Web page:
Musical Moments--Grey GardensSince seeing Grey Gardens last week I can't get the show out of my head. The tunes linger, the characters haunt, and the performances live on as some of the best I've seen on Broadway in recent memory. So I thought I'd follow up my last post by spotlighting a couple of the musical numbers from the show with one of my Musical Moments posts.
Grey Gardens is performed in two acts and tells the story of the two Edith Bouvier Beales, a mother and daughter known as "Big" Edie and "Little" Edie, who were also the aunt and first cousin to Jacqueline Bouvier Kennedy. The first act takes place during the summer of 1941 at the Beale's East Hampton estate, Grey Gardens, on the day that Little Edie's engagement to Joe Kennedy Jr. is to be announced. The action revolves around the high society preparations for the engagement party and sets up the complex relationships of not only mother and daughter, but the entire family as well. By the end of the first act, Big Edie's controlling, competitive nature has sabotaged her daughter's engagement just as her own marriage is falling apart. The act closes as Mrs. Beale goes out to the garden where dozens of her guests are awaiting the news of Little Edie's engagement, but instead, Joe Jr has called the wedding off, little Edie has run away and Big Edie's husband, Mr. Beale, has sent word that he's off to Mexico for a quickie divorce.
Follow this link to watch how Big Edie faces her guests as she sings "Will You," one of the musical numbers she has planned for the party. She struggles to maintain a brave face while inside her world is crumbling. Christine Embersole's performance of the song is heartbreaking and the lush melody is reminiscent of a Jerome Kern classic. (Sorry for not embedding, that feature was disabled for this clip on YouTube.)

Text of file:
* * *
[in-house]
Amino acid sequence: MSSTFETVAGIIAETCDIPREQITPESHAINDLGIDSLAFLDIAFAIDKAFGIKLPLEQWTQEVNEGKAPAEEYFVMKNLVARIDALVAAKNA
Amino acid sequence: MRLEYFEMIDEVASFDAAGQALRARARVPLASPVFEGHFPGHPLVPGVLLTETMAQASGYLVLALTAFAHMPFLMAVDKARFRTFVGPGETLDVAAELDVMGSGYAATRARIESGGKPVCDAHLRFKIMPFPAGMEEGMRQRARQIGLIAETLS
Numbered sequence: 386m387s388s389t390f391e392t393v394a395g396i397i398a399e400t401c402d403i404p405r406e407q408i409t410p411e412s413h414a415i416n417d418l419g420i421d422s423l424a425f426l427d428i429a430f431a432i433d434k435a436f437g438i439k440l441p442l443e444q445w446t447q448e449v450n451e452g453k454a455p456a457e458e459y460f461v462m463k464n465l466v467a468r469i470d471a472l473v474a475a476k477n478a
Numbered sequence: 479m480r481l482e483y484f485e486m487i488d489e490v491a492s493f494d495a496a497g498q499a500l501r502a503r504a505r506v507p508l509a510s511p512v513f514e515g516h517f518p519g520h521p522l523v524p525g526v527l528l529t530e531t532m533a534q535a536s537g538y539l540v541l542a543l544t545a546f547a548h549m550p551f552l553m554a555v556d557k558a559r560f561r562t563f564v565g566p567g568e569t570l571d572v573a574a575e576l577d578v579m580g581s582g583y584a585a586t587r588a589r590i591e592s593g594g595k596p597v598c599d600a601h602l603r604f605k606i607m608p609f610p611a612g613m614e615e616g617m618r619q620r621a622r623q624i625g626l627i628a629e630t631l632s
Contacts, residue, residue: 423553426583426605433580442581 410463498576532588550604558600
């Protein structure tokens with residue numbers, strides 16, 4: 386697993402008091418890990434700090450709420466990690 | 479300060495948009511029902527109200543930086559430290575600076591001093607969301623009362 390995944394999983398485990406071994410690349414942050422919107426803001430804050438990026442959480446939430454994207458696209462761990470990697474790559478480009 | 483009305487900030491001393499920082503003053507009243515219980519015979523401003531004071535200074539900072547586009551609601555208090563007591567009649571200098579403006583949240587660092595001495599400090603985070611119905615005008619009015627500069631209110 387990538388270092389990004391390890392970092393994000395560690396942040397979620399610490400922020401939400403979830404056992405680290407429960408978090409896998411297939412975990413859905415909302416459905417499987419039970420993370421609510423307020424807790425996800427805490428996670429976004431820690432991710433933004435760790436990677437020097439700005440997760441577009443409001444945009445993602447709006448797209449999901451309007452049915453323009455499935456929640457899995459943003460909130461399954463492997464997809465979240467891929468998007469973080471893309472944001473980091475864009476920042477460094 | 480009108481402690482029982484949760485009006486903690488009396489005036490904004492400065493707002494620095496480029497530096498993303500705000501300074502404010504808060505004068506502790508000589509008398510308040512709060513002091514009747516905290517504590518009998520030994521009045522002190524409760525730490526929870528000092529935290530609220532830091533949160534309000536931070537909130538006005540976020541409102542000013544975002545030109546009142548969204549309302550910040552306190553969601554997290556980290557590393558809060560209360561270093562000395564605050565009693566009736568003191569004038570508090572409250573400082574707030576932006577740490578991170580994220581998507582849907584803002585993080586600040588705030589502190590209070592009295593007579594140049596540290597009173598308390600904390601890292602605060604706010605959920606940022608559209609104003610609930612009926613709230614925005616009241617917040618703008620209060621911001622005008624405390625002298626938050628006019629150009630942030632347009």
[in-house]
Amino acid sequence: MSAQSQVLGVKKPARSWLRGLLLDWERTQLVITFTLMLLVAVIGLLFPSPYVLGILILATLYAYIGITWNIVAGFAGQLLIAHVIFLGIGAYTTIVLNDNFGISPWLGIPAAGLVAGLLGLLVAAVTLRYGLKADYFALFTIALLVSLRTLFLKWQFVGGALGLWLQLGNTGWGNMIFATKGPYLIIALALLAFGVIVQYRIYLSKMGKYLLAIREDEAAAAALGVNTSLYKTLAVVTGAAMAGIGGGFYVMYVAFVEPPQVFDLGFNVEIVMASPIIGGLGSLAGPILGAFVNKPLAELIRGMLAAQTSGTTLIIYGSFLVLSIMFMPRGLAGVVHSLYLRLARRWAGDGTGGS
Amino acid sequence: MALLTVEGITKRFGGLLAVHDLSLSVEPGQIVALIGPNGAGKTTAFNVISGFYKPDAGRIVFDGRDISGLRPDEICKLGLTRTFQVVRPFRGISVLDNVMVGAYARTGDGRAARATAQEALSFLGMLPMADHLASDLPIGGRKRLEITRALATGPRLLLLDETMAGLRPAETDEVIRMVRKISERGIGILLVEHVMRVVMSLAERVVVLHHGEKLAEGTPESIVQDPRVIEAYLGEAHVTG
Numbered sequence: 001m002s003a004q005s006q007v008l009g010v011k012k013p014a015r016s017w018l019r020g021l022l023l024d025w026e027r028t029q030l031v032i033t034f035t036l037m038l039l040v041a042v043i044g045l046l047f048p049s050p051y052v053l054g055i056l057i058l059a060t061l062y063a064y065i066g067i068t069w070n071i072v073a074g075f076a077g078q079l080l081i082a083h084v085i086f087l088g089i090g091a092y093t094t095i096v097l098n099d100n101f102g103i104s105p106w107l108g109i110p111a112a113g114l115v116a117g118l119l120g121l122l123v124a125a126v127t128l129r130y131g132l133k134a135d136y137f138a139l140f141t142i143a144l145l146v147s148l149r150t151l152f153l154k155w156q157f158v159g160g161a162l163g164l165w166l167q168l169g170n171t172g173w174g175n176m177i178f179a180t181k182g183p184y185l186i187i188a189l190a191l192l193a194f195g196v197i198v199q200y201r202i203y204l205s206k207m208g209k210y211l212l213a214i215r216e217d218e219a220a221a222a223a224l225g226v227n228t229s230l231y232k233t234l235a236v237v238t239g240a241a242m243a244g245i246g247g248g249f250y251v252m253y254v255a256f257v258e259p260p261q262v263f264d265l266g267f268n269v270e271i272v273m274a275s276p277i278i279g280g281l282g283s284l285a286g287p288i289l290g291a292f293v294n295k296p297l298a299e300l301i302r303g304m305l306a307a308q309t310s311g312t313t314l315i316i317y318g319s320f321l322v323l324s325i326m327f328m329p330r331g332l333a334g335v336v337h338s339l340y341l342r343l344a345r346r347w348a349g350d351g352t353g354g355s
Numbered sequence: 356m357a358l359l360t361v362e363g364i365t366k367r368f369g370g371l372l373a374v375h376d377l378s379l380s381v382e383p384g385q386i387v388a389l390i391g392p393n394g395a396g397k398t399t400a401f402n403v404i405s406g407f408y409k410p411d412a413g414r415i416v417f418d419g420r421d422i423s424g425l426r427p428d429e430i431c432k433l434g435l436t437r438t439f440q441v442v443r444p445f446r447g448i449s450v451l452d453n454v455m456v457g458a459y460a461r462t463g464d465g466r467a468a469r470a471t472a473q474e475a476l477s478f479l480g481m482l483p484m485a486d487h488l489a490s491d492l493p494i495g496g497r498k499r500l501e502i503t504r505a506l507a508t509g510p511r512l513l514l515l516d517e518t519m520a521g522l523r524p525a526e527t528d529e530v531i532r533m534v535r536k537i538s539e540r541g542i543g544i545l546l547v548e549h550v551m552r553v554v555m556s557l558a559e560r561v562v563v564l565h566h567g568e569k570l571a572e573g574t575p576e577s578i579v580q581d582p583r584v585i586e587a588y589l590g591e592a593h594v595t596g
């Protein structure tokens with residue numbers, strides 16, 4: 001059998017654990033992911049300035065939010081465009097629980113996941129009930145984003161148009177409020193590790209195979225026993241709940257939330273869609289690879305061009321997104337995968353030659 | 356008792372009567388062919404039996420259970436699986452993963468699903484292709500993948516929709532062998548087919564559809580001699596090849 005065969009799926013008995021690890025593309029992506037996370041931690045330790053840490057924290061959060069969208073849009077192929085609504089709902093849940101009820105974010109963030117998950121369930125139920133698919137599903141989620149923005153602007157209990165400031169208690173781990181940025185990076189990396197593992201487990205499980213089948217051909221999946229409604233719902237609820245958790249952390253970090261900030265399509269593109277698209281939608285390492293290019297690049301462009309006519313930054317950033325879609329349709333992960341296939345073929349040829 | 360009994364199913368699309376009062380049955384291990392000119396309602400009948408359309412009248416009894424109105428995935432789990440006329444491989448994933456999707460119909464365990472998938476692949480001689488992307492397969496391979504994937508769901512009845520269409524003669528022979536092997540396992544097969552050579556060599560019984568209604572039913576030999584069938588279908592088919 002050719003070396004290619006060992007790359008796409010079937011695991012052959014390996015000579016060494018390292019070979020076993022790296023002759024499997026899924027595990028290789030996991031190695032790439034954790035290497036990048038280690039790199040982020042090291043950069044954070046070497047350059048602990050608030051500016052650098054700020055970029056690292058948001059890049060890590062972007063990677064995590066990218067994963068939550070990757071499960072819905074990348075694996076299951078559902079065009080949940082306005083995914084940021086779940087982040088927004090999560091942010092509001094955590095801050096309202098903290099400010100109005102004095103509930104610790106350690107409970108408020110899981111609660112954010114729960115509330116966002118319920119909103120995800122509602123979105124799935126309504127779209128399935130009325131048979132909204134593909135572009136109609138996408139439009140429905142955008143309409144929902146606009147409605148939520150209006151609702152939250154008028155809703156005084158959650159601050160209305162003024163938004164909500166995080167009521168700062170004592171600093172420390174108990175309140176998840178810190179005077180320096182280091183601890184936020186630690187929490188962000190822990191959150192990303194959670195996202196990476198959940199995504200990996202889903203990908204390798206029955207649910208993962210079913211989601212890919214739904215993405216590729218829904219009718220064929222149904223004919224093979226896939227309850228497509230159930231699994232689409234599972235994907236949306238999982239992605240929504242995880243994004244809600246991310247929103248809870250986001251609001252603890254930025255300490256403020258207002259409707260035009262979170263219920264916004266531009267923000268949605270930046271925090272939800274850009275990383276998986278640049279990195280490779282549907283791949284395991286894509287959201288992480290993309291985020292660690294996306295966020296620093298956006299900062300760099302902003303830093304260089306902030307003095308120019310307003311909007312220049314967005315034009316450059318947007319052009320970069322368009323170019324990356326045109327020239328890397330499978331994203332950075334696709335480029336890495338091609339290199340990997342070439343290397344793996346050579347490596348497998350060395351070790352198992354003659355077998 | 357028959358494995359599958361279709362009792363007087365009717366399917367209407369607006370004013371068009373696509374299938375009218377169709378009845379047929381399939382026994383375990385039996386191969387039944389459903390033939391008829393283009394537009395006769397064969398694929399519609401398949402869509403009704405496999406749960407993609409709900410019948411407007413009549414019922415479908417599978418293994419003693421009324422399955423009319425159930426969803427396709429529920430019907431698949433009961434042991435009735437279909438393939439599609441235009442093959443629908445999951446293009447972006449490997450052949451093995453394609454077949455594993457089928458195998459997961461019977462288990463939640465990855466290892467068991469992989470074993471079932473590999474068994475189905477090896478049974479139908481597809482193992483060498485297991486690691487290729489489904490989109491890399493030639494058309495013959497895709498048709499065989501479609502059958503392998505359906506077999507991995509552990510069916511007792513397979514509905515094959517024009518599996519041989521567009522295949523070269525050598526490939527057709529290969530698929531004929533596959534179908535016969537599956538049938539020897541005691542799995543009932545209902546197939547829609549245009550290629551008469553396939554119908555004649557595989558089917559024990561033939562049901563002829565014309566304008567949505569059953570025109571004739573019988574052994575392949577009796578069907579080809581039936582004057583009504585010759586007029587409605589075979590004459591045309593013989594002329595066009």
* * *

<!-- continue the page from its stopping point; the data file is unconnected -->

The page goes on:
The second act takes place some 32 years later after Grey Gardens has fallen into disrepair and Big and Little Edie, who still live there, have become a couple of recluse eccentrics, their co-dependant relationship seeming to imprison them there. This is the portion of the play that is based on the Maysle's 1975 documentary. The part of Little Edie in the second act is played by the same actress who plays Big Edie in the first act, in this case Christine Ebersole, symbolizing the inner conflict between mother and daughter in both characters. We meet Little Edie at the top of the second act not as the well-bred debutante we knew in the first act, but rather, as an odd, middle aged character with a bizarre sense of style who has a penchant for headdresses and mismatched outfits. We learn that she follows astrology devoutly and cares for some 50 stray cats and raccoons that live in her house. Needless to say, Little Edie is somewhat out of step with the staid community of East Hampton and in the opening of the second act she states her unique philosophy on fashion and conformity in "The Revolutionary Costume for Today." (See the clip below.)
This number was followed with at least five minutes of applause the night I saw the show and speaks to Ms. Ebersole's range as an actress. She so truly and fully inhabits both of her characters in this show, it's hard to believe at times that it's the same actress playing both roles. Enjoy.